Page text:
Evolving economics drive the life cycle of an oil and gas play.
By Paul Wiseman
In the wild west days of the oil patch’s infancy, gritty men in jeans and overalls prowled the prairies armed with dreams, a bit of geology, and some kind of luck. The opportunities were as varied and wide as those prairies, and one’s luck generally swirled madly around in all directions at the whim of the prairie wind.
Fortunes were quickly gained and quickly lost. The black liquid riches were as uncharted as were the draws and playas of the surface. For the wildcatter, everything revolved around getting investors to believe in your plans enough to add their dreams to your own.
As much as today’s oil field has changed on the front side—overalls replaced with FR clothing, wildcatters obsoleted by seismic maps and computer models, and punchy cable tool rigs overtaken by deftly-steered horizontal drilling—the back side has stayed the same.
Follow the money.
The biggest money follows the biggest growth.
For decades the life of an oil and gas play followed a predictable pattern of phases: exploration led to development, which graduated to slowly declining production. With decades of exploration under its belt, the very mature Permian Basin no longer really invites a lot of exploration, said Cary Brown, principal of the Moriah Group, a Midland-based oil and gas-related holding company.
Brown said that, historically, an exploration company would have an idea where they might find oil. They would drill some exploratory or “wildcat” wells to test their theory and their geology. If they were right, oil was really there, the majors would come in and buy up leases for miles around those exploratory wells, expecting to develop that play into millions of barrels of produced oil.
After the majors had fully developed the field, with no more growth possible, they would sell the play to a smaller company that would simply continue to produce the existing play. The production phase was perfect for less-capitalized companies. It’s somewhat like putting money in a savings account instead of investing in the stock market. Development has greater growth upside but production has fewer risks.
Today, these acres have been prowled thoroughly by wildcatters, seismic teams, and geologists to the extent that there are few unproven reserves left, so even the development mode has fewer risks than in the old days. “The exploration phase today looks more like the development phase,” Brown said.
For example, one of today’s hottest plays is the Delaware Basin. “We knew there was oil there,” he noted, adding that the technology and the price made it economical to produce that area in the last few years.
When the capital markets felt confident that they could make a significant return in the Delaware and other basins in the Permian, the cash began to flow and the rigs began to drill. No one had to really explore anything.
While the downturn slowed things down, it also made operators more efficient, which kept the bits turning even at lower prices. The technology and the uncertain economics make the life cycle of today’s “hot” basins less clear than in previous decades.
“We don’t really know what the life cycle of the new production is going to be,” Brown said. Horizontal drilling, fracturing, and other technological advances have extended the life of plays formerly thought to be irrevocably in production mode. And the complexities of today’s capital markets no longer make it a given that production-mode properties get sold to a production-only company. So what drives buying and selling today?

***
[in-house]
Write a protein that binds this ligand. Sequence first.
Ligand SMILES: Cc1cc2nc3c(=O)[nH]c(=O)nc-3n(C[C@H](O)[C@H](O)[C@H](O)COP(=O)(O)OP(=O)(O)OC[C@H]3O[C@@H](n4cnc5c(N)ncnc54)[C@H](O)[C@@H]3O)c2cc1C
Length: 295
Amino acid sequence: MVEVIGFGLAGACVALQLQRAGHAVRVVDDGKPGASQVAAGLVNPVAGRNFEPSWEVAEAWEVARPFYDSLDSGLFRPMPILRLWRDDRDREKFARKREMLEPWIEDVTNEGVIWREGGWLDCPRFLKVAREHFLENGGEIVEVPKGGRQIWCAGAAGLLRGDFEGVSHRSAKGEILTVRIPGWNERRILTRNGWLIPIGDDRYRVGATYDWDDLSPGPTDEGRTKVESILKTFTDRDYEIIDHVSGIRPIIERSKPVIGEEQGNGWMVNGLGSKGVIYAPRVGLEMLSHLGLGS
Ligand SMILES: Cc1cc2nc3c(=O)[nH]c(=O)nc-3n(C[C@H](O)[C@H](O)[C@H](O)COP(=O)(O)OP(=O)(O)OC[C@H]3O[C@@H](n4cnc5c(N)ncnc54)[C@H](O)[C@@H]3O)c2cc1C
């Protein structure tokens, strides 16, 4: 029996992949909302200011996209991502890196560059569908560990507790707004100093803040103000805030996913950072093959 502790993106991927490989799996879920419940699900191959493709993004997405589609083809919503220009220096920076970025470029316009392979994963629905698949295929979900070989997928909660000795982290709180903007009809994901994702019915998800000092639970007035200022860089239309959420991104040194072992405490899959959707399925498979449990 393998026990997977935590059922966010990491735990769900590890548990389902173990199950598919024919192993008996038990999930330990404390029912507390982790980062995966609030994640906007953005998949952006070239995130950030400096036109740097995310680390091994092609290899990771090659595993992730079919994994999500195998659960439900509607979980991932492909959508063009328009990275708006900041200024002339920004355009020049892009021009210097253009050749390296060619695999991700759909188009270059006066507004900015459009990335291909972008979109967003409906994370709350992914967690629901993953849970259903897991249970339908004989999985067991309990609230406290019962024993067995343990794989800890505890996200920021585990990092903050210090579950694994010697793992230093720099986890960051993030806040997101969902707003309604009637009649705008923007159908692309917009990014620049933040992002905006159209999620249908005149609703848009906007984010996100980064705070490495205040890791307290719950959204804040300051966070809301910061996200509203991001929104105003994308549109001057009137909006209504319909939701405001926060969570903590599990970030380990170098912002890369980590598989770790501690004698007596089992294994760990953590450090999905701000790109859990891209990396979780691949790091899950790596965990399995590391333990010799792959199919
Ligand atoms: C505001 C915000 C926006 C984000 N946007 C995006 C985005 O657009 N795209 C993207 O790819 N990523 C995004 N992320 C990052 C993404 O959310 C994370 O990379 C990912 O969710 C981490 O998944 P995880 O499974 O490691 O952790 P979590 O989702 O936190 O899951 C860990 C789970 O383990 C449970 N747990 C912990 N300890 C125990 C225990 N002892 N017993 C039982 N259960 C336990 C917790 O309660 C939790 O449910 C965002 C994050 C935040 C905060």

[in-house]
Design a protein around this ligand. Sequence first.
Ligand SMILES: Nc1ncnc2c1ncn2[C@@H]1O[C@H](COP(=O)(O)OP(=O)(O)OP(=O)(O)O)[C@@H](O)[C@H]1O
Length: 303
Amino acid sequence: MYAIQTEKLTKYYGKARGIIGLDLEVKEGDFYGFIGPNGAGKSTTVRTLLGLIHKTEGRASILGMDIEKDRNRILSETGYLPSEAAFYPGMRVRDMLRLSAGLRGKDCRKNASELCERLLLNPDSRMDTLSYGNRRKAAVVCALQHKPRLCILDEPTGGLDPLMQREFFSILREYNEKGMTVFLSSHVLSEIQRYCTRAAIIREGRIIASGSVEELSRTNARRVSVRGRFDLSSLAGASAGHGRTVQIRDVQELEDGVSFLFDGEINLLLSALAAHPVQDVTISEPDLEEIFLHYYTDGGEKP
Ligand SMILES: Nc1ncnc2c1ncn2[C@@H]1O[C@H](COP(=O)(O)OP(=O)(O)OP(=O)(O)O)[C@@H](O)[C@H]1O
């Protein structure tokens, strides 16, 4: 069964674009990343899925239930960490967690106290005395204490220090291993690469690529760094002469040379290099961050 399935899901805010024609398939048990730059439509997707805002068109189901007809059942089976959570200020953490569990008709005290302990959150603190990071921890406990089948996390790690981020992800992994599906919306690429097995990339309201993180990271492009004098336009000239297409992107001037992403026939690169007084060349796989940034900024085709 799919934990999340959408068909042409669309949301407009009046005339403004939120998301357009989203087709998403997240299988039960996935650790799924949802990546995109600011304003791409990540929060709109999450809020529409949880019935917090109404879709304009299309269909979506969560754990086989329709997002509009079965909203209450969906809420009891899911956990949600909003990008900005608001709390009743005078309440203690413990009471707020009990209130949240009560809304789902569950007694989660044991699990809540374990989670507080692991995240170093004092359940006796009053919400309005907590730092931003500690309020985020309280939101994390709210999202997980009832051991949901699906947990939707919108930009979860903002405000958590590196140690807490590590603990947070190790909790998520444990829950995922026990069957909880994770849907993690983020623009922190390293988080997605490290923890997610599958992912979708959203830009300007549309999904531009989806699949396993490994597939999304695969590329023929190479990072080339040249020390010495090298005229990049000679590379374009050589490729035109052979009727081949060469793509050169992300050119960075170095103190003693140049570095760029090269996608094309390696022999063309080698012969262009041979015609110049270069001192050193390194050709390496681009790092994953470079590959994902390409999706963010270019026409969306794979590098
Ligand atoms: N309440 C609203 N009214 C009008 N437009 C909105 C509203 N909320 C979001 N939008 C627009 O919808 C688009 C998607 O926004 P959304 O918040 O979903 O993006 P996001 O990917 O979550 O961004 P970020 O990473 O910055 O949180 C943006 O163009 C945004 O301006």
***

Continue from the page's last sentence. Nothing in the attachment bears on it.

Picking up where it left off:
Follow the money, part deux.
For almost every public company today, there has to be some avenue for growth for Wall Street to make capital available to them. Brown explains it as follows: “Wall Street values growth. So when you get to a spot where you can’t grow, you need to shrink so you can grow again. You [sell off assets] and you take that cash and put it in something you can grow again and then Wall Street rewards you again.”
This model is one of the main reasons the U.S. majors began to look overseas in the 60s and 70s. “It was the only place they could grow their assets,” he said.
Once one zone has been developed as far as is possible, there are two main options. The operator can sell the property to a production mode company and use the proceeds to buy into a newer play.
Or it can keep the property and use the ongoing cash flow to fund smaller drilling and development projects.
A subset of the second option is that the company can use the producing assets to lure investment dollars from Wall Street. “If my stock price is valued on my acreage position and Wall Street is going to value me at $60,000 an acre or $50,000 an acre, and I can go pay $30,000 an acre and then go issue equity,” Brown said. “I can buy it at 38 and sell it for 50 and everybody’s a winner. Now they’re not going to be able to sell it for 50 if there’s not a story about how you’re going to grow production. All of these things have to line up.”
While the particular economics in each case are varied and complex, what a company does with its production-mode assets boils down to this: “If I can take that money and go drill wells at a 30 percent rate of return, I’m better off to sell that, get a lump sum cash flow, and then go put that to work. Somebody else will go harvest that and get the cash flow and I’ll drill.”
The old wildcatters wouldn’t have liked the risk-reward-reducing computer models of today. They wouldn’t have liked FR clothing, either.